Korda describes how Stuart was present at Brown's defeat at Harper's Ferry and had delivered Robert E. Lee's demand for surrender.  To the contrary, Stuart did not get along with Brown.  At the time of the raid, there was no significant exchange between Brown and the future proslavery rebel leader.  After Brown's defeat and capture, Stuart proved to be a sniping, sarcastic, vindictive, and verbally abusive captor.  He insulted Brown repeatedly, rudely harangued him during an interview with Senator James Mason, and cursed him.  As the record shows, Stuart may have been courageous, but he was only polite to his ilk, and he was only valiant in the cause of preserving slavery.  Hardly John Brown's counterpart, let alone his equal in any sense.
Green took the bent weapon in both hands and beat Brown around the head with it until the old man collapsed, blood pouring from his wounds.
Marine Israel Green, who tried to kill
John Brown and later revised the
story as a "capture"
As Korda describes the role of Lieut. Israel Green, the marine who allegedly "captured" John Brown at the Harper's Ferry engine house.  It is true that Green beat Brown with his bent dress sword, but the evidence shows that he did not stop when "the old man collapsed."  The evidence shows that Green continued beating Brown after he fell to the ground.  In other words, Green tried to bludgeon Brown to death on the floor of the engine house.  Even Korda points out that Green at first thought he had killed Brown.  According to a letter from Stuart to his mother following the raid, Green afterward was upset that he had not been successful in killing Brown. Historians have relied on Green's revisionist version of his "capture" of Brown, written decades afterward.  However, at the time, it did not go unnoticed by journalists and abolitionists in the North how Green had brutalized the old man.

As noted, the excerpt overall is not bad, especially compared to many things written about Brown. Still, for the sake of the historical record, I point out these issues since there is a great deal of misinformation in popular thinking about the Harper's Ferry raid.  My forthcoming book on the last days of John Brown, which will be published by Rowman & Littlefield, will address these and other hackneyed assumptions that unfortunately have become part of the popular narrative of John Brown.--LD

Some Additional Corrections from Historian Steven Lubet 

I am pleased to include input from the notable historian, Steven Lubet, author of a number of books, including John Brown's Spy: The Adventurous Life and Tragic Confession of John E. Cook, and a forthcoming work on Brown's black raiders at Harper's Ferry.  Lubet writes:

As long as we are pointing out minor mistakes, here are two more:

Korda says that twelve of Brown's men died at Harper's Ferry.  The actual number was ten. Seven more were hanged and five escaped.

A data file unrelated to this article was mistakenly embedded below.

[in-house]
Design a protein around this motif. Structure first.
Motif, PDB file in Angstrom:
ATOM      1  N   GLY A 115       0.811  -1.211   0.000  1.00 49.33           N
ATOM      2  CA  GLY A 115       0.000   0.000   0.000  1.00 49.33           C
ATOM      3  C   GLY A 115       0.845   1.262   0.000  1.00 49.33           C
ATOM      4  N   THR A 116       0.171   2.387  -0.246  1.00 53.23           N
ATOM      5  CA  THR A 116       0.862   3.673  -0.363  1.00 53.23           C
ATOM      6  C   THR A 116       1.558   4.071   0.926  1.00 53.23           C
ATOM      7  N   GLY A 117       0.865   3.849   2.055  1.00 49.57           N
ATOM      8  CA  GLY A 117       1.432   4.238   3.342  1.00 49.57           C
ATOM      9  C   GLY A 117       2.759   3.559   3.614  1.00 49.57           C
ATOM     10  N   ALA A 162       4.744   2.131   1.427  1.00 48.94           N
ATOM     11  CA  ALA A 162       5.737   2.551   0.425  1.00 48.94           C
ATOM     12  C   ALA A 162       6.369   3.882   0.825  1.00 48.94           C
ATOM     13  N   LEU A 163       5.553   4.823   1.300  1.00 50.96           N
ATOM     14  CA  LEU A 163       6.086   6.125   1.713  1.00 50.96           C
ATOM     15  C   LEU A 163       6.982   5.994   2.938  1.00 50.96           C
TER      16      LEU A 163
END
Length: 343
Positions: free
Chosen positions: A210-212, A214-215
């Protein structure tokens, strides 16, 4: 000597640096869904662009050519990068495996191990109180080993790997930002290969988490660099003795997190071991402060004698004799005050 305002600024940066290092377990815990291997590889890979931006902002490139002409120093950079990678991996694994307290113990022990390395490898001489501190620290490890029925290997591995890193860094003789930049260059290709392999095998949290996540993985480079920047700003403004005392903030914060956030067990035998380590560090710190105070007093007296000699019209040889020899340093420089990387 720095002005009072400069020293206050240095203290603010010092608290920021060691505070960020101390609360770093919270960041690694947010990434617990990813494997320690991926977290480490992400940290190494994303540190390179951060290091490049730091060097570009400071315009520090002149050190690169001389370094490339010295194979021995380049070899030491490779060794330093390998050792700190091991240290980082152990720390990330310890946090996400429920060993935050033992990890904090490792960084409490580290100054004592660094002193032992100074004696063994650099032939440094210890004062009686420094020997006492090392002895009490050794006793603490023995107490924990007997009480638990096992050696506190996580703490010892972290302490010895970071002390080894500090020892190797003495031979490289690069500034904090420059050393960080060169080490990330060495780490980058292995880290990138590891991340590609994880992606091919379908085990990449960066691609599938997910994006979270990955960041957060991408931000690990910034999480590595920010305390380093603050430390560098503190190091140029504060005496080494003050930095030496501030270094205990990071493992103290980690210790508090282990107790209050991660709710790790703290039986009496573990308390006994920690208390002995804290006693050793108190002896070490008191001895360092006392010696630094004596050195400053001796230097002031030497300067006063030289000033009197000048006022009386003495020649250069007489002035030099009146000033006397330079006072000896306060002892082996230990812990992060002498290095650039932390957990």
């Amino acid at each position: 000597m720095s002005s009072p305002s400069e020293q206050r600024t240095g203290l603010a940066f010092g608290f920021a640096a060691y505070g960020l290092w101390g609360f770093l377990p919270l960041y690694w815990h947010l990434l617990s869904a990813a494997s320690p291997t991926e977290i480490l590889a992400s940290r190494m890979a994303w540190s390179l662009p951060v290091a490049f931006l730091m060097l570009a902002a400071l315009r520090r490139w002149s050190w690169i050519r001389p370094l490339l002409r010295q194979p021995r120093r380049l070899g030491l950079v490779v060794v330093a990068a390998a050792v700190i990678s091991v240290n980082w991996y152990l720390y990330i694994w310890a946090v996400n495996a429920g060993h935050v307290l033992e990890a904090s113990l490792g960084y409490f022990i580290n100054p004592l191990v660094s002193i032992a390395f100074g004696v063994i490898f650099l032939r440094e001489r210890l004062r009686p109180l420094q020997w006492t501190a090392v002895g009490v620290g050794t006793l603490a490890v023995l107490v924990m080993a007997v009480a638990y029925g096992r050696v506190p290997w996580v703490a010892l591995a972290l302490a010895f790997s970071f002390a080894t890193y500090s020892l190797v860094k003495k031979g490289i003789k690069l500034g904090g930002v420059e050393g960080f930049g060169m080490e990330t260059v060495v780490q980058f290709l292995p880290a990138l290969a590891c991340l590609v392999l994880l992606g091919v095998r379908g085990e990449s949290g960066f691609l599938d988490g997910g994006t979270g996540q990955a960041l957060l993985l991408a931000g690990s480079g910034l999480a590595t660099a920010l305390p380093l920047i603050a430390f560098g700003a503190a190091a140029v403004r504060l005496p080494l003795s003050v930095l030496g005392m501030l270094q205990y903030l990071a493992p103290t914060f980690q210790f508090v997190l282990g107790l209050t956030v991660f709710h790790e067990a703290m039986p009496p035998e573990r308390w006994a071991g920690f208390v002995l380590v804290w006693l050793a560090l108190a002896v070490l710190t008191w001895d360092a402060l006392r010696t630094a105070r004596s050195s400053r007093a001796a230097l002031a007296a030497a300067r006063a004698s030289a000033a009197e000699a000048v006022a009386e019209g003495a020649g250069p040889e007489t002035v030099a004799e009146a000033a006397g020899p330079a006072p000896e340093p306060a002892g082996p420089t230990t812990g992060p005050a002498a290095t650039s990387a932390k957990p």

He also says that Colonel Washington was "delivered to Brown in his own carriage, along with a pair of pistols that Lafayette had given George Washington."  Moving now from the unimportant to the truly trivial, the Lafayette pistols were not delivered to Brown.  John E. Cook had taken only one of the pistols, which he secretly kept for himself.  The other pistol of the pair was left behind, and it was included in Washington's estate and later sold to the New York State Library.  

Saturday, May 03, 2014


John Brown Day in Lake Placid, May 10

Margaret Washington, author of
Sojourner Truth's America
John Brown Day 2014 is scheduled for Saturday, May 10, from 2 to 4 p.m.  Events will take place at the John Brown Farm State Historic Site in Lake Placid.  Special features include the lecture, "Women and Abolition," by Dr. Margaret Washington of Cornell University. Washington is a leading authority on the abolitionist movement, and the foremost biographer of Sojourner Truth.  Also featured is Dr. Bonnie Laughlin-Schultz [see below], who will lecture on the women in John Brown's family. Admission is free.

Biographer of Brown Family Women to Speak at Lake Placid

Bonnie Laughlin-Schultz
Bonnie Laughlin-Schultz, author of  The Ties That Bound Us: The Women of John Brown’s Family and the Legacy of Radical Abolitionism, was interviewed by Robin Caudell of the Plattsburgh, N.Y. Press-Republican, in regard to her scheduled lecture in Lake Placid for John Brown Day 2014.  “There are a lot of new books on John Brown that always mention the women in his family in passing,” she said.  “You can teach classes about him but the question is what was it like to live with this guy? I have just long been interested in the antislavery movement in the 1830s and 1840s and how they were trying to live out their radical beliefs about racial equality.”

Caudell writes that Laughlin-Schultz tracked the Brown women across the country, from coast to coast, and found one of her important sources the papers of the late Edwin N. Cotter, now held at the State University of New York at Plattsburgh.  “There were a lot of archives to cover,” she said.  Laughlin-Schultz did not end her study at the hanging of Brown in 1859, but continued to trace the lives of Mary Brown and her daughter Anne, long afterward.  Mary Brown and some of her family migrated westward during the Civil War, and the abolitionist's widow died on the west coast as did several of the Brown's adult children.  "Their lives forever were affected by their relation to him, in good ways and bad.”

See Robin Caudell, "The Women Behind John Brown," Press-Republican [Plattsburgh, NY], 1 May 2014

Brown and Tubman Descendants to Speak at
Peterboro, June 14 & 15

Among the events scheduled for the upcoming Civil War Weekend in Peterboro, N.Y., Brown students should note that Alice Keesey Mecoy, great-great-great-granddaughter of the abolitionist will speak at the National Abolition Hall of Fame and Museum in Peterboro. Also featured will be the great-great-grandniece of Harriet Tubman, who will be reading about her Great Aunt's historic role during the Civil War.  The lectures will be presented twice, on Saturday and Sunday, June 14 & 15, at 11:00 a.m.

An entire program of Civil War remembrance is scheduled for both days, from 10 a.m. until 5 p.m.
To learn more about this event and the National Abolition Hall of Fame, click on this link.